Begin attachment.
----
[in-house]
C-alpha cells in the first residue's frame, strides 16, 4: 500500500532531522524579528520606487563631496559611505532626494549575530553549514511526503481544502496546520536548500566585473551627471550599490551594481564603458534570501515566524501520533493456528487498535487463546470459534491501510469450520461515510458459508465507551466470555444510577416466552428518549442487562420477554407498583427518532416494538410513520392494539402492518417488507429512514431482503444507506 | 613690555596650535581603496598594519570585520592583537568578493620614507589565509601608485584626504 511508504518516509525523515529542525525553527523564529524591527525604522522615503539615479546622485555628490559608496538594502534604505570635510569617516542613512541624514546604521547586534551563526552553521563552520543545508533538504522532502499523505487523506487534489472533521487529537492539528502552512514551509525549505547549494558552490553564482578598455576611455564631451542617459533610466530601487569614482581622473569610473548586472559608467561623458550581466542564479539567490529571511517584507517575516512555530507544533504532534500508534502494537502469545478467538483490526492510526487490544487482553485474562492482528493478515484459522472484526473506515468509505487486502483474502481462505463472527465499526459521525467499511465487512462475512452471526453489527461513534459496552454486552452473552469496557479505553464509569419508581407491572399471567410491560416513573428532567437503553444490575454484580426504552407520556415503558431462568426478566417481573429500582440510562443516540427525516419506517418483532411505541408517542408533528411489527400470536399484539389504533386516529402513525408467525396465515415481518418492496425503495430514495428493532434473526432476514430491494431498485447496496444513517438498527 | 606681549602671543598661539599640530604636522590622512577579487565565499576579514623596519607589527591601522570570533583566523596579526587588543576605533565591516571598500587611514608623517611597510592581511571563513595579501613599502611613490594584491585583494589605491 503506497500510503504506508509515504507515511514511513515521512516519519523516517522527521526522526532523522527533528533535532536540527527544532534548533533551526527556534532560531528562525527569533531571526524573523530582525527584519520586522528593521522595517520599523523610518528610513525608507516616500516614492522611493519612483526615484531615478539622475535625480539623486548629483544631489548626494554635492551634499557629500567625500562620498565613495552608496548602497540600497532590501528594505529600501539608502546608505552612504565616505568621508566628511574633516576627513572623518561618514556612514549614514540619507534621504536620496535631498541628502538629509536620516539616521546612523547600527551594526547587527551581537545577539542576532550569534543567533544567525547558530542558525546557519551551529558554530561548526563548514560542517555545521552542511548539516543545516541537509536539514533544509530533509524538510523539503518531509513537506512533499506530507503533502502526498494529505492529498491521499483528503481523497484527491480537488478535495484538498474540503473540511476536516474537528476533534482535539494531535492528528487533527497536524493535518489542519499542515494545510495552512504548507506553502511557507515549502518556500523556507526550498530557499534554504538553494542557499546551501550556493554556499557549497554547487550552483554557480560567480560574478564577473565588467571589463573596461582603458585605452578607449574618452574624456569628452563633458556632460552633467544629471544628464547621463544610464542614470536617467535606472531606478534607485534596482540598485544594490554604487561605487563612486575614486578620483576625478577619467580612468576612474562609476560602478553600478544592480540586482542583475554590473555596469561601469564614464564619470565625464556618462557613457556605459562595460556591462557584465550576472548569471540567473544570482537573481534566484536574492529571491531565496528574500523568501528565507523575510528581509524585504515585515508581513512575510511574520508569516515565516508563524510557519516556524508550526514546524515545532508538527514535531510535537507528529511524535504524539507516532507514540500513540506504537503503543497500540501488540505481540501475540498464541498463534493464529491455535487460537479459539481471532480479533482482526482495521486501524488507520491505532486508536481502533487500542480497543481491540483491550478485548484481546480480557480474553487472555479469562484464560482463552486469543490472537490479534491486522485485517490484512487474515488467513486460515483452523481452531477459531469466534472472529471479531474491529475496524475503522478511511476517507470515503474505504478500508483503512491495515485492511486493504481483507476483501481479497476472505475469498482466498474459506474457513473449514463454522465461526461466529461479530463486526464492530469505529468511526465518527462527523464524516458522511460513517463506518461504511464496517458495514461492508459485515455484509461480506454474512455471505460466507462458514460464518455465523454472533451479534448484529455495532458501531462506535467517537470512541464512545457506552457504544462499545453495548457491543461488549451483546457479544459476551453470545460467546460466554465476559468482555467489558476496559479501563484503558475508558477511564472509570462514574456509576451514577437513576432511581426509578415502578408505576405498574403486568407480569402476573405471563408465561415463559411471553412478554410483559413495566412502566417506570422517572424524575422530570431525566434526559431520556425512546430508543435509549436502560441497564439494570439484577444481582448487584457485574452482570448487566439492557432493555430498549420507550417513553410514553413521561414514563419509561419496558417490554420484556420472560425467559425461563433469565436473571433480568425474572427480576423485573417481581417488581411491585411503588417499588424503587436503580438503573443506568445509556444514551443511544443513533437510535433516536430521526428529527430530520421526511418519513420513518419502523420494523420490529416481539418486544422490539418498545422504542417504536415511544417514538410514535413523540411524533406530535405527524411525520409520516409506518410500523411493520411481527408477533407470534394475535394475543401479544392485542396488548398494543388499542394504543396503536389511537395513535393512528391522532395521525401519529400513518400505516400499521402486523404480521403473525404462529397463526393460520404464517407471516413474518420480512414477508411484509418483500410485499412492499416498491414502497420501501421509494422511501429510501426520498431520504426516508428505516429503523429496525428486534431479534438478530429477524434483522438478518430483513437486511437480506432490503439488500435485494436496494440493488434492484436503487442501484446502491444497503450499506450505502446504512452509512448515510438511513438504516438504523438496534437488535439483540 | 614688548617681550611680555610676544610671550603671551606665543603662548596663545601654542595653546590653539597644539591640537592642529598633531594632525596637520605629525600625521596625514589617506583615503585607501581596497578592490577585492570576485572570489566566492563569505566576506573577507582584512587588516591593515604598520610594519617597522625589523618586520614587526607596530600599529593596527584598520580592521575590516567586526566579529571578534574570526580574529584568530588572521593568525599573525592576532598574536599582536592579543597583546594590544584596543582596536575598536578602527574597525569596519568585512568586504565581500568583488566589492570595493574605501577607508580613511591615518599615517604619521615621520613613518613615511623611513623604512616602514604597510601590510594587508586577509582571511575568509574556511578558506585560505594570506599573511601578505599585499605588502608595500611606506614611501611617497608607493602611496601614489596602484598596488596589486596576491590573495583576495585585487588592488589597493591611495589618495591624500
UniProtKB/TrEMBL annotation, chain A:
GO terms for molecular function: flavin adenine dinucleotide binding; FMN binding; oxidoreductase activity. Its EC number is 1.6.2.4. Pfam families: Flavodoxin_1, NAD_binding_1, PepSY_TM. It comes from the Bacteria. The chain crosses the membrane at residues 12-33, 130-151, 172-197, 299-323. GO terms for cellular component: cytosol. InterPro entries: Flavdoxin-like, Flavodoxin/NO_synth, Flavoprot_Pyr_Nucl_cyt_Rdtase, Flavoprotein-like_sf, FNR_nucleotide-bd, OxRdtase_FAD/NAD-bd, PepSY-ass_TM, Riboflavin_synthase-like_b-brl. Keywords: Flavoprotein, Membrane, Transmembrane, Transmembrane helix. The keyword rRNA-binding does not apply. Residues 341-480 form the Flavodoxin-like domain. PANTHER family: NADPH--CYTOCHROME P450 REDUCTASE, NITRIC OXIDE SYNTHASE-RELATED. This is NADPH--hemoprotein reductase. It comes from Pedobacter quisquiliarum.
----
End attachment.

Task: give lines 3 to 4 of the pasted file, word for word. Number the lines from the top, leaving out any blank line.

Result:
UniProtKB/TrEMBL annotation, chain A:
GO terms for molecular function: flavin adenine dinucleotide binding; FMN binding; oxidoreductase activity. Its EC number is 1.6.2.4. Pfam families: Flavodoxin_1, NAD_binding_1, PepSY_TM. It comes from the Bacteria. The chain crosses the membrane at residues 12-33, 130-151, 172-197, 299-323. GO terms for cellular component: cytosol. InterPro entries: Flavdoxin-like, Flavodoxin/NO_synth, Flavoprot_Pyr_Nucl_cyt_Rdtase, Flavoprotein-like_sf, FNR_nucleotide-bd, OxRdtase_FAD/NAD-bd, PepSY-ass_TM, Riboflavin_synthase-like_b-brl. Keywords: Flavoprotein, Membrane, Transmembrane, Transmembrane helix. The keyword rRNA-binding does not apply. Residues 341-480 form the Flavodoxin-like domain. PANTHER family: NADPH--CYTOCHROME P450 REDUCTASE, NITRIC OXIDE SYNTHASE-RELATED. This is NADPH--hemoprotein reductase. It comes from Pedobacter quisquiliarum.